Synonyms in a broader sense

Discography, spondylodiscitis, spondylitis, discitis, intervertebral disc inflammation, vertebral body inflammation.


A discopathy describes the clinical picture of a disc causing back pain as part of its aging process. Pain is transmitted from the inside of the disc through the ingrowth of pain transmitting nerve fibers into the disc tissue. In a healthy state, they are otherwise not nerve fibers in the core of a disc.

Discopathy most often occurs in the area of the lumbar spine. A herniated disc also belongs to discopathies in a broader sense. However, the orthopedist working in the clinic distinguishes these clinical pictures.

The indication (advertisement) for the discography is made in the context of a back pain cause to be clarified. The patient’s medical history (anamnesis) can already provide indications for disc-related back pain. A characteristic feature of back pain caused by a disc is that patients often report being driven out of bed in the morning by their back pain.

Long lying aggravated thus the complaints. By getting up and moving the complaints improve at first. If the back is overstrained, however, the pain increases again.

This description of symptoms is only intended as a guide. The actual complaints of the patients are individually different. Certainly the presence of concomitant diseases, such as wear and tear of the small vertebral joints (facet syndrome) plays an important role, since the signs (symptoms) of facet syndrome can differ greatly from the symptoms of discopathy.

A further indication of a diseased disc is provided by magnetic resonance imaging of the spine (MRI). Here, the aging process of an intervertebral disc can be traced directly. Discs suspected of having discopathy appear black in the T2 weighting (black disc) in the MRI, i.e. they no longer have a nucleus of fluid (intervertebral disc), which is bright in a healthy intervertebral disc on the usually prepared MRI images.

The loss of water in an intervertebral disc is an indication of its aging process. Since the disc wear itself does not necessarily cause back pain, in some cases further examination by discography is necessary. A discography is performed under stationary conditions in the operating room.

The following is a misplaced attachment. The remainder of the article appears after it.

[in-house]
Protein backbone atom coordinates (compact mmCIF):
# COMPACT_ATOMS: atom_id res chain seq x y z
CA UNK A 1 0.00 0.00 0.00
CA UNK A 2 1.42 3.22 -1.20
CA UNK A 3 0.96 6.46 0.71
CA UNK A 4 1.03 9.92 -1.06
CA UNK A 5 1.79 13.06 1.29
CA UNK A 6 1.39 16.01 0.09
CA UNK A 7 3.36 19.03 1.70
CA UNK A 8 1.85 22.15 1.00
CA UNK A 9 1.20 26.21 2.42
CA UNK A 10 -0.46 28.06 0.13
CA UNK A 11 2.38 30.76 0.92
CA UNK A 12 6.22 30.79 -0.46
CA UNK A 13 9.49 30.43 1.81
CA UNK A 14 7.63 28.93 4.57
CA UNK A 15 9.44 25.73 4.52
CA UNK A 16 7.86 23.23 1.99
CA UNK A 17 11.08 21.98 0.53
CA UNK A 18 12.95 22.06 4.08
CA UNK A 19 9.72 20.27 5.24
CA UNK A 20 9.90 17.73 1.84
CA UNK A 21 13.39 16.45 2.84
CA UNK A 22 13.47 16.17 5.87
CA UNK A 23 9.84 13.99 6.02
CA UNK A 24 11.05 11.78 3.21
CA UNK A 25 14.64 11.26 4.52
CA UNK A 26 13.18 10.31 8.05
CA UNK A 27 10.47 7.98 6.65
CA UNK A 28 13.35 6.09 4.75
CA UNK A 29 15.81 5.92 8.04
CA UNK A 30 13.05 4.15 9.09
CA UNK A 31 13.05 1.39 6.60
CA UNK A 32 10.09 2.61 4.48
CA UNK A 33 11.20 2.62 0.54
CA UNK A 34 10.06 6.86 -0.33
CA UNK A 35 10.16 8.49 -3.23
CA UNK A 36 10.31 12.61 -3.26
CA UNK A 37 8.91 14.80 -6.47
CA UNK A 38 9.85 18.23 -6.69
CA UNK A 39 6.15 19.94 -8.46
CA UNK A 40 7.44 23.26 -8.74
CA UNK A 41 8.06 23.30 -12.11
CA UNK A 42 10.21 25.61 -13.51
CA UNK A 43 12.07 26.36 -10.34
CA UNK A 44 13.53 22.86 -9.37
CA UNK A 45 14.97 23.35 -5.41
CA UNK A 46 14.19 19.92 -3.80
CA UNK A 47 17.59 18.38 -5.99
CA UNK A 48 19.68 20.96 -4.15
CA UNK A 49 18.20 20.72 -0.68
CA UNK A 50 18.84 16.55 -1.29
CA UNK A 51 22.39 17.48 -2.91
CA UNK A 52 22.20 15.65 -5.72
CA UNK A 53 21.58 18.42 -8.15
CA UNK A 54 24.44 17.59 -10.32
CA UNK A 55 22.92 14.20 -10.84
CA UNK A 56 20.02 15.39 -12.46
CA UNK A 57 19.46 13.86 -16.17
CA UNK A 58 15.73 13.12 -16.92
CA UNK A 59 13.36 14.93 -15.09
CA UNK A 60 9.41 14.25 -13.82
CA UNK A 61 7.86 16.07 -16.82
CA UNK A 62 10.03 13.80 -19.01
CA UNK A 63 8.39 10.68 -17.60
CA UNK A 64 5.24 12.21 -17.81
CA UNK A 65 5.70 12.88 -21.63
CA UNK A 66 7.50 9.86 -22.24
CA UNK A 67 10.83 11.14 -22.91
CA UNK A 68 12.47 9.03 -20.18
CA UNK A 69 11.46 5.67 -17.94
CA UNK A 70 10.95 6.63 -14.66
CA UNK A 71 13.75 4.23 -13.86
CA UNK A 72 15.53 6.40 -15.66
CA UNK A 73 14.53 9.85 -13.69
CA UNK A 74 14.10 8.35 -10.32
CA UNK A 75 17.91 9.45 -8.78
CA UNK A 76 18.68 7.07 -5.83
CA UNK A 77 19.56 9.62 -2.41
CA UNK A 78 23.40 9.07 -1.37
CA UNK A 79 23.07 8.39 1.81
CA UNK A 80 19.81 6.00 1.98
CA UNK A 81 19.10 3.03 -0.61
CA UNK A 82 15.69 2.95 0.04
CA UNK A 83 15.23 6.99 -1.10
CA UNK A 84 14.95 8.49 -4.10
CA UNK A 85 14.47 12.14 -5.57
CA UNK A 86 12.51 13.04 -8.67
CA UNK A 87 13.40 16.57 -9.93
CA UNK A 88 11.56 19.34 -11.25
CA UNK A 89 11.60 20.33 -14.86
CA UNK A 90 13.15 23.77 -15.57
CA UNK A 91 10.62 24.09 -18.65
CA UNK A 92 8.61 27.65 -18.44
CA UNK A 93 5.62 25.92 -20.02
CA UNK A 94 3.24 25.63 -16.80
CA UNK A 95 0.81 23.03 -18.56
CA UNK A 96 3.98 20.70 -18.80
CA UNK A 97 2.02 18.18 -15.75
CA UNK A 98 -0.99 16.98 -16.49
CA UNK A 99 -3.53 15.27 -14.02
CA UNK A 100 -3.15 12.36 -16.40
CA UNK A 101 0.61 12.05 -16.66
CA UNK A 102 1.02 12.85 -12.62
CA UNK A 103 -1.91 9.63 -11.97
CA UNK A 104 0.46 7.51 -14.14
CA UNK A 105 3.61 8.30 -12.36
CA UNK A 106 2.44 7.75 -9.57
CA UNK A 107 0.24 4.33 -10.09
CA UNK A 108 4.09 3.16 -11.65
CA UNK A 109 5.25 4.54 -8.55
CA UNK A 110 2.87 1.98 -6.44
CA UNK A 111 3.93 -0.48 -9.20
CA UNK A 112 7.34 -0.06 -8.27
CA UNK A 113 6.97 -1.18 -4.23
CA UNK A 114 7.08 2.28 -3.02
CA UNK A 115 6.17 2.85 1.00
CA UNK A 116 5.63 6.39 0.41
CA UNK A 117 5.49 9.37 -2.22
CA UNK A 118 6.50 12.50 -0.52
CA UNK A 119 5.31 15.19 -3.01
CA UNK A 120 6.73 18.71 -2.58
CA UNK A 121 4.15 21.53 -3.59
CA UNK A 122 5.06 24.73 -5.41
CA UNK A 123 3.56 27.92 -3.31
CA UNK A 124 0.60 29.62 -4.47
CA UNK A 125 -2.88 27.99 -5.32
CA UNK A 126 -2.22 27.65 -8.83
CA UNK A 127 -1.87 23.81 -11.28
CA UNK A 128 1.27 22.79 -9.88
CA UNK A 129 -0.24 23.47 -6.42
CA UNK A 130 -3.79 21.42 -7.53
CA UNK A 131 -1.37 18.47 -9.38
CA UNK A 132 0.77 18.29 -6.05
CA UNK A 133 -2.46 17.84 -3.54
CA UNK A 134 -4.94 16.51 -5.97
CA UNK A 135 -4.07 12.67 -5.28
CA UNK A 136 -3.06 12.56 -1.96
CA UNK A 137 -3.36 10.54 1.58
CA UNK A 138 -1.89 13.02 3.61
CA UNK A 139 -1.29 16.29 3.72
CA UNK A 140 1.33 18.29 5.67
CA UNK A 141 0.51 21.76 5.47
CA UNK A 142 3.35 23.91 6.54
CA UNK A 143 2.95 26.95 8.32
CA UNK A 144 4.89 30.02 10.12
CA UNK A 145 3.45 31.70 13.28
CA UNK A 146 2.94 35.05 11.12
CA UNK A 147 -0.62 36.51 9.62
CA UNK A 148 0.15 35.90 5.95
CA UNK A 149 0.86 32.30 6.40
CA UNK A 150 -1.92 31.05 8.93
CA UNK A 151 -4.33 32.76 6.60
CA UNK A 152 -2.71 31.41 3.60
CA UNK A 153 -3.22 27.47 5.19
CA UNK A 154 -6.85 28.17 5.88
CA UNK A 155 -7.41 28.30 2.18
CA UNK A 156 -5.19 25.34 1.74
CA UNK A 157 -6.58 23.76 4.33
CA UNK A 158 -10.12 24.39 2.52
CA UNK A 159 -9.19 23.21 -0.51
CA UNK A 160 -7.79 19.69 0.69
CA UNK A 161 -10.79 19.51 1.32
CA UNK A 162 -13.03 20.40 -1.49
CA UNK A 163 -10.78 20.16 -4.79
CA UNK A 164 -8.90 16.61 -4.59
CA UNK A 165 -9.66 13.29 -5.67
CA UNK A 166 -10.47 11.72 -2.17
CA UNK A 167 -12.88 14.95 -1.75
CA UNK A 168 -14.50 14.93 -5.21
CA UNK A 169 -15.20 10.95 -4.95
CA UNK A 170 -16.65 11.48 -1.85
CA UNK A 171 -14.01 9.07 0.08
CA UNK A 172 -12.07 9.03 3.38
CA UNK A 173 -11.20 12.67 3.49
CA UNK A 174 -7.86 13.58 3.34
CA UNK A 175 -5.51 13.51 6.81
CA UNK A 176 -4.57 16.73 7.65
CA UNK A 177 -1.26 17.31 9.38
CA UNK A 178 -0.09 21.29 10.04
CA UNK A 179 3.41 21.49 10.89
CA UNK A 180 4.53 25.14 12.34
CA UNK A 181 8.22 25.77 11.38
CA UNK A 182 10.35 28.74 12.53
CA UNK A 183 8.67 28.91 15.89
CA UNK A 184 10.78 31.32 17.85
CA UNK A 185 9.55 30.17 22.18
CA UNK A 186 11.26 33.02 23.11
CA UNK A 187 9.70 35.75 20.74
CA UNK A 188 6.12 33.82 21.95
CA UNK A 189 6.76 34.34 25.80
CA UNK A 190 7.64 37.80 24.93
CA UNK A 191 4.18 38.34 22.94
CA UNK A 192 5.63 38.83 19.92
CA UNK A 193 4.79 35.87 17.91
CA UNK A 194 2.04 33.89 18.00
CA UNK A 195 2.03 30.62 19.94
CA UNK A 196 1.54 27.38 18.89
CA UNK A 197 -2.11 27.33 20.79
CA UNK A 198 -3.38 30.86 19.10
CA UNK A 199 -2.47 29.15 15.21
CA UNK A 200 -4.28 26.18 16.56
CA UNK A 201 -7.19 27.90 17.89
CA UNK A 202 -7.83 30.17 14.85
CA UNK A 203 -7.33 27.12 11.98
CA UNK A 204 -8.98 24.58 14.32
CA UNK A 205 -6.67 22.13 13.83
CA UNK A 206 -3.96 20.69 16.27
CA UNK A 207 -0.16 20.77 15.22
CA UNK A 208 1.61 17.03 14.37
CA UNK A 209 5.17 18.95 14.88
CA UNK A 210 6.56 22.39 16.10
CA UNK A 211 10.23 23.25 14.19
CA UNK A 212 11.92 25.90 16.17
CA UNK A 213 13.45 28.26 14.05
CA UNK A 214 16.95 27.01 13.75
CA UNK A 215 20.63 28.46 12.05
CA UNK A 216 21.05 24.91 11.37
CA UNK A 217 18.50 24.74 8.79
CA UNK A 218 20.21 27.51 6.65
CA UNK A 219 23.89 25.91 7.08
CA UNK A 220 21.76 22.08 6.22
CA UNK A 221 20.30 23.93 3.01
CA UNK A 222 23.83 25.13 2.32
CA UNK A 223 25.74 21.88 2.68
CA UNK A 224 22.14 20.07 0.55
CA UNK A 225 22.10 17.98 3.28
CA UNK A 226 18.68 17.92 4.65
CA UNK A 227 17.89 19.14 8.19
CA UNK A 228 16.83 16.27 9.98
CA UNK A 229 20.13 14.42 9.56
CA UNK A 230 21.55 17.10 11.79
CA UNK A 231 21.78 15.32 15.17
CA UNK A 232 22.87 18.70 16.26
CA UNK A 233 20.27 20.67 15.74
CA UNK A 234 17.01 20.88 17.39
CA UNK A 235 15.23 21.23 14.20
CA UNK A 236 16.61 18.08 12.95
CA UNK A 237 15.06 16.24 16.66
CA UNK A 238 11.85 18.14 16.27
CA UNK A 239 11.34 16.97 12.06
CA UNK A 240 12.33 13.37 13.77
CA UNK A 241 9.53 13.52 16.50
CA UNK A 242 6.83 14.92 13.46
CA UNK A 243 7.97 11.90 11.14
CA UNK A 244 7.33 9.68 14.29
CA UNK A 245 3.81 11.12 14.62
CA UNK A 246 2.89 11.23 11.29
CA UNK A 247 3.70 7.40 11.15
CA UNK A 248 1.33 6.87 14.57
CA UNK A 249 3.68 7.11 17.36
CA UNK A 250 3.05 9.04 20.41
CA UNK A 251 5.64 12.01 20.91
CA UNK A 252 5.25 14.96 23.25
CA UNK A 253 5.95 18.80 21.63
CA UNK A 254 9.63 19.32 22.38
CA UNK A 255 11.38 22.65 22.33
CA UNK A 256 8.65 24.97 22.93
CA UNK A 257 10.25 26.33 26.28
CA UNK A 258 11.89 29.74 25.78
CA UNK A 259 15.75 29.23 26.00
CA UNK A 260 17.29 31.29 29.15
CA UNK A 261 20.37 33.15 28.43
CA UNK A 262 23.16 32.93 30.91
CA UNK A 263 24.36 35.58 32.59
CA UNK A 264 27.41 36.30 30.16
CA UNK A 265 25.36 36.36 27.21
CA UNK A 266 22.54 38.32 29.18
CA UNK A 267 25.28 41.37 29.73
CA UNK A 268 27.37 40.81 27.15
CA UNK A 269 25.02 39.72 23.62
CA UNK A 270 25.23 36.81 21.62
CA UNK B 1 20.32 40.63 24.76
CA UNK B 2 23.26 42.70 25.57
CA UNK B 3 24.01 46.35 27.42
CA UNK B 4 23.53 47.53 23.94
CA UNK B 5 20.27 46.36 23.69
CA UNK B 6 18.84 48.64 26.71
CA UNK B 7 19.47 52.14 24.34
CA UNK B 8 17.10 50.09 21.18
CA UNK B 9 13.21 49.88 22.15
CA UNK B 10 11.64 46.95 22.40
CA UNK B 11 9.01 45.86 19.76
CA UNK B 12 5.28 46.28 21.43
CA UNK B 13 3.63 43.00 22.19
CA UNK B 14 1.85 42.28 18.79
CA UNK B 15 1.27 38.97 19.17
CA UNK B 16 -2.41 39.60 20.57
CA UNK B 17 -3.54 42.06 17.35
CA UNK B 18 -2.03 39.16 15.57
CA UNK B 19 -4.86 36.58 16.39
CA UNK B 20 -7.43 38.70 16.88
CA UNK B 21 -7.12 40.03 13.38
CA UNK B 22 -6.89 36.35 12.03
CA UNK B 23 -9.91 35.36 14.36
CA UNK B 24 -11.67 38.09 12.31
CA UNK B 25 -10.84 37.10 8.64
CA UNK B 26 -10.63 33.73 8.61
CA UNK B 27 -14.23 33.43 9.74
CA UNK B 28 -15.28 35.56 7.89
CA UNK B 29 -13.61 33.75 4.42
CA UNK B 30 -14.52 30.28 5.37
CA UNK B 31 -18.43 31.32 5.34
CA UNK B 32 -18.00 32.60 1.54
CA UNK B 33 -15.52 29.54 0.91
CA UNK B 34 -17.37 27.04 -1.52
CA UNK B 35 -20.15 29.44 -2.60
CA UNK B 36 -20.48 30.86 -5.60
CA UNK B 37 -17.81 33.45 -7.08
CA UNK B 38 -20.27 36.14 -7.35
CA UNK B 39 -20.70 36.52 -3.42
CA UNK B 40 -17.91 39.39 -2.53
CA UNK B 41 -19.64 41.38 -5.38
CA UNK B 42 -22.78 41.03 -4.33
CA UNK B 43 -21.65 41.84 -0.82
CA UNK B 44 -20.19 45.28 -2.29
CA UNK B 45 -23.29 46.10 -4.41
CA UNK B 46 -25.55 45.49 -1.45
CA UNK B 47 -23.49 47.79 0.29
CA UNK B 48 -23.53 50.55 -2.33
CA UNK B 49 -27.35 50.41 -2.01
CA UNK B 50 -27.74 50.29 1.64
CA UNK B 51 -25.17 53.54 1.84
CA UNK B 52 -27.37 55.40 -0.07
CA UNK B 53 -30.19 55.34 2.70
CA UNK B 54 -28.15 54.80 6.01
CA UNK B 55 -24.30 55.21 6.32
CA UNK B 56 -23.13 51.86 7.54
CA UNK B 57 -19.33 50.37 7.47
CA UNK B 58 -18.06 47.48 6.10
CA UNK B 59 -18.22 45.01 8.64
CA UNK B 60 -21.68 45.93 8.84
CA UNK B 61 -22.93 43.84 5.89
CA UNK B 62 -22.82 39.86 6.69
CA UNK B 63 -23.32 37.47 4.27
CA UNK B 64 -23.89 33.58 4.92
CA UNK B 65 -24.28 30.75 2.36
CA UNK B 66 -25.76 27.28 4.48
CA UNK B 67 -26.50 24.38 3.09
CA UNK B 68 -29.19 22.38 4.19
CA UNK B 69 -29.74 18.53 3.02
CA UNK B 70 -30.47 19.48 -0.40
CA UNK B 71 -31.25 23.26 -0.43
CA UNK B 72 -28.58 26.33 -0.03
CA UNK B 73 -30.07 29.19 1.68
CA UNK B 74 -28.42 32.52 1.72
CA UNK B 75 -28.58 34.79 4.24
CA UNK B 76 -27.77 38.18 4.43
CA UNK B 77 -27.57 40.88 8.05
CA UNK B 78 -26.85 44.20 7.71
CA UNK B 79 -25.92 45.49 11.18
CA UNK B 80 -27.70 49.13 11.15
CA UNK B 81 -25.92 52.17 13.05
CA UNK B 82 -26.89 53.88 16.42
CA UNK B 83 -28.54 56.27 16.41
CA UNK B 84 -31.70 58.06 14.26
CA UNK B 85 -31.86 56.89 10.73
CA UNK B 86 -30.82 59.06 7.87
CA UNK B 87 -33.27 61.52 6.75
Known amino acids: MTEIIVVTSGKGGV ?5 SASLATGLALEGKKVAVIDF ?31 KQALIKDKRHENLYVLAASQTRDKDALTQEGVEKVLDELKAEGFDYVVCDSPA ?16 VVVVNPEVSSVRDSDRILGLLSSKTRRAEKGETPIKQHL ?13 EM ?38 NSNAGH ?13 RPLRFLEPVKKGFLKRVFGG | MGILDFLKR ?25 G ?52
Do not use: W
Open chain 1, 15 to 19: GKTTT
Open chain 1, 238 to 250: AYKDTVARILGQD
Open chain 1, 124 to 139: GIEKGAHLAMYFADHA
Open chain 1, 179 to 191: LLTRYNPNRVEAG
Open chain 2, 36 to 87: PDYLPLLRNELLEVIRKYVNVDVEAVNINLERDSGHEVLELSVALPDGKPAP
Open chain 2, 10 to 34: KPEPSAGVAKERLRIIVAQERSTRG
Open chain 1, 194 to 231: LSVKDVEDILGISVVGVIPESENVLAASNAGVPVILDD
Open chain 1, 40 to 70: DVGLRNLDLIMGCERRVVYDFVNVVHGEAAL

It is a minor surgical procedure. The patient is informed the day before about the surgical procedure and the general and specific complications by the doctor and must give written consent to the procedure. It is important to clarify any contrast agent allergies in the patient’s medical history, since the use of X-ray contrast agent, if allergies are present, can lead to severe allergic reactions, up to and including allergic shock (circulatory arrest).

Anesthesia is neither necessary nor desired. In the operating room, the patient is positioned on his or her stomach, the operating field is disinfected and covered with sterile cloths. First of all, the suspicious intervertebral disc is searched for with a mobile X-ray unit (image converter).

After identification of the intervertebral disc, the puncture channel for the injection of contrast medium is anaesthetized with a local anaesthetic. Then the disc space is accessed with a thin needle (cannula). The puncture channel for puncture of the intervertebral discs at the lumbar spine runs diagonally from the posterior iliac crest.

This is experienced as unpleasant by many patients despite local anesthesia. In this case, the anaesthetist can administer a painkiller through the vein. The placement of the needle in the intervertebral disc space is again under X-ray control.

Then the X-ray contrast medium is injected into the intervertebral disc. A problematic aspect of discography is the subjectivity of pain differentiation by the patient. The physician cannot objectively verify the patient’s statement and must rely on the patient’s judgement.

For this reason, some physicians doubt the significance of this procedure.

  • By injecting the contrast medium, the disc structure becomes visible on the X-ray image. Without contrast medium, the intervertebral discs are only shown on an X-ray as empty spaces between the adjacent vertebral bodies.

    The distribution of the contrast medium allows conclusions to be drawn about the condition of the intervertebral disc. A loss of contrast medium from within the disc body indicates, for example, a fracture in the disc ring.

  • Above all, however, the injection (injection) serves to secure the cause of back pain.The injection of the contrast medium leads to an increase in pressure in the intervertebral disc space, which leads to a provocation of pain in a diseased disc. The patient should feel exactly the pain known to him during the injection and articulate this to the doctor. If this is the case, one speaks of a positive distension test. If no pain is provoked, the distension test is negative and the cause of the back pain remains unexplained at first, or the back pain is not caused by this disc.
  • Intervertebral disc space
  • Discography needle
  • Contrast medium imaging of the intervertebral disc L4/5
  • Contrast medium leakage into the spinal canal (defective disc ring)
  • Spinal canal